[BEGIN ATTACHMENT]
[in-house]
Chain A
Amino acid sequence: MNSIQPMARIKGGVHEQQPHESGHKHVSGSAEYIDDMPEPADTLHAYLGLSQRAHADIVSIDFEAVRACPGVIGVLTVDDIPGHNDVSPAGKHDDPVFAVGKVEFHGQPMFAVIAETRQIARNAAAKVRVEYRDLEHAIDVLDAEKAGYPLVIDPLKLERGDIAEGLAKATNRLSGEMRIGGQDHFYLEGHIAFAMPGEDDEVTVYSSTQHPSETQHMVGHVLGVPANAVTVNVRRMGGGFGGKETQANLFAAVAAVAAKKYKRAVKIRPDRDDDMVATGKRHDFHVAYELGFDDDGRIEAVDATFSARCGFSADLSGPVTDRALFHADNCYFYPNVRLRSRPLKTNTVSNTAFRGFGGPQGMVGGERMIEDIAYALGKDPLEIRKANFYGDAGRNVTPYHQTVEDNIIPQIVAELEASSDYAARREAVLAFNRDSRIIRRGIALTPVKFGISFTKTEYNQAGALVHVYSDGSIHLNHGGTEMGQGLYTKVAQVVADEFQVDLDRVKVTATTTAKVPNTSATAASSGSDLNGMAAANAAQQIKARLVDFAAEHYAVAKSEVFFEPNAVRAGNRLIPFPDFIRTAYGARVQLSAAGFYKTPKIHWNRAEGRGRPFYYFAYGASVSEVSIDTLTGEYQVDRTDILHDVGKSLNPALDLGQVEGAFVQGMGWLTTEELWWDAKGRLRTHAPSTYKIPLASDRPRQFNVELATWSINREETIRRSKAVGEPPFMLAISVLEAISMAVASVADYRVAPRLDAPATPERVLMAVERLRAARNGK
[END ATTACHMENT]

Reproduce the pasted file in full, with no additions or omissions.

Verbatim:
[in-house]
Chain A
Amino acid sequence: MNSIQPMARIKGGVHEQQPHESGHKHVSGSAEYIDDMPEPADTLHAYLGLSQRAHADIVSIDFEAVRACPGVIGVLTVDDIPGHNDVSPAGKHDDPVFAVGKVEFHGQPMFAVIAETRQIARNAAAKVRVEYRDLEHAIDVLDAEKAGYPLVIDPLKLERGDIAEGLAKATNRLSGEMRIGGQDHFYLEGHIAFAMPGEDDEVTVYSSTQHPSETQHMVGHVLGVPANAVTVNVRRMGGGFGGKETQANLFAAVAAVAAKKYKRAVKIRPDRDDDMVATGKRHDFHVAYELGFDDDGRIEAVDATFSARCGFSADLSGPVTDRALFHADNCYFYPNVRLRSRPLKTNTVSNTAFRGFGGPQGMVGGERMIEDIAYALGKDPLEIRKANFYGDAGRNVTPYHQTVEDNIIPQIVAELEASSDYAARREAVLAFNRDSRIIRRGIALTPVKFGISFTKTEYNQAGALVHVYSDGSIHLNHGGTEMGQGLYTKVAQVVADEFQVDLDRVKVTATTTAKVPNTSATAASSGSDLNGMAAANAAQQIKARLVDFAAEHYAVAKSEVFFEPNAVRAGNRLIPFPDFIRTAYGARVQLSAAGFYKTPKIHWNRAEGRGRPFYYFAYGASVSEVSIDTLTGEYQVDRTDILHDVGKSLNPALDLGQVEGAFVQGMGWLTTEELWWDAKGRLRTHAPSTYKIPLASDRPRQFNVELATWSINREETIRRSKAVGEPPFMLAISVLEAISMAVASVADYRVAPRLDAPATPERVLMAVERLRAARNGK